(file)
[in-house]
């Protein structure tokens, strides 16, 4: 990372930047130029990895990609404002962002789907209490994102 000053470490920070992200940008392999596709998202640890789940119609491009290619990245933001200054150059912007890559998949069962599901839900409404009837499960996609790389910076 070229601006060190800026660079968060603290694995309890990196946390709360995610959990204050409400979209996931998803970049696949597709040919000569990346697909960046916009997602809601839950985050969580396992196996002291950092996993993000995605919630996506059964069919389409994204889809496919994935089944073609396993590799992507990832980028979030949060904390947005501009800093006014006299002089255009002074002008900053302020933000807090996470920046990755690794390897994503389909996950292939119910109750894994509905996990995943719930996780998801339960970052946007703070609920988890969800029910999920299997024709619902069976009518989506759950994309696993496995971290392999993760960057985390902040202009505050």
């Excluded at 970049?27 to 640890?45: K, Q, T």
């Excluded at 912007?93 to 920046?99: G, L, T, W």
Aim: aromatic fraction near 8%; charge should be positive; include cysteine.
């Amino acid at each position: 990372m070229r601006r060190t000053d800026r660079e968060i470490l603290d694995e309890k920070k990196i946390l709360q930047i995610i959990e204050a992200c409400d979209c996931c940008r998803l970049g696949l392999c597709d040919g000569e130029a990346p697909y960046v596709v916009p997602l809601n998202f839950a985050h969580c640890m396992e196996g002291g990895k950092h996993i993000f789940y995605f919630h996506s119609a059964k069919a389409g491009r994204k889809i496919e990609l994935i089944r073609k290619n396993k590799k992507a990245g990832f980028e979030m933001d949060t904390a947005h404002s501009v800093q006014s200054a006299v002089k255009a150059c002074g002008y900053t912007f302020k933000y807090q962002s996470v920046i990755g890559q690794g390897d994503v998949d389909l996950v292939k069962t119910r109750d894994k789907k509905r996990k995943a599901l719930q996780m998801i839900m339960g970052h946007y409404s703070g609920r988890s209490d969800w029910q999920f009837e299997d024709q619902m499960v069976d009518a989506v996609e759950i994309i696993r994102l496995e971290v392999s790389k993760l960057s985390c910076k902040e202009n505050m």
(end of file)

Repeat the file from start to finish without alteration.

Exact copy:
[in-house]
């Protein structure tokens, strides 16, 4: 990372930047130029990895990609404002962002789907209490994102 000053470490920070992200940008392999596709998202640890789940119609491009290619990245933001200054150059912007890559998949069962599901839900409404009837499960996609790389910076 070229601006060190800026660079968060603290694995309890990196946390709360995610959990204050409400979209996931998803970049696949597709040919000569990346697909960046916009997602809601839950985050969580396992196996002291950092996993993000995605919630996506059964069919389409994204889809496919994935089944073609396993590799992507990832980028979030949060904390947005501009800093006014006299002089255009002074002008900053302020933000807090996470920046990755690794390897994503389909996950292939119910109750894994509905996990995943719930996780998801339960970052946007703070609920988890969800029910999920299997024709619902069976009518989506759950994309696993496995971290392999993760960057985390902040202009505050």
């Excluded at 970049?27 to 640890?45: K, Q, T």
């Excluded at 912007?93 to 920046?99: G, L, T, W």
Aim: aromatic fraction near 8%; charge should be positive; include cysteine.
């Amino acid at each position: 990372m070229r601006r060190t000053d800026r660079e968060i470490l603290d694995e309890k920070k990196i946390l709360q930047i995610i959990e204050a992200c409400d979209c996931c940008r998803l970049g696949l392999c597709d040919g000569e130029a990346p697909y960046v596709v916009p997602l809601n998202f839950a985050h969580c640890m396992e196996g002291g990895k950092h996993i993000f789940y995605f919630h996506s119609a059964k069919a389409g491009r994204k889809i496919e990609l994935i089944r073609k290619n396993k590799k992507a990245g990832f980028e979030m933001d949060t904390a947005h404002s501009v800093q006014s200054a006299v002089k255009a150059c002074g002008y900053t912007f302020k933000y807090q962002s996470v920046i990755g890559q690794g390897d994503v998949d389909l996950v292939k069962t119910r109750d894994k789907k509905r996990k995943a599901l719930q996780m998801i839900m339960g970052h946007y409404s703070g609920r988890s209490d969800w029910q999920f009837e299997d024709q619902m499960v069976d009518a989506v996609e759950i994309i696993r994102l496995e971290v392999s790389k993760l960057s985390c910076k902040e202009n505050m």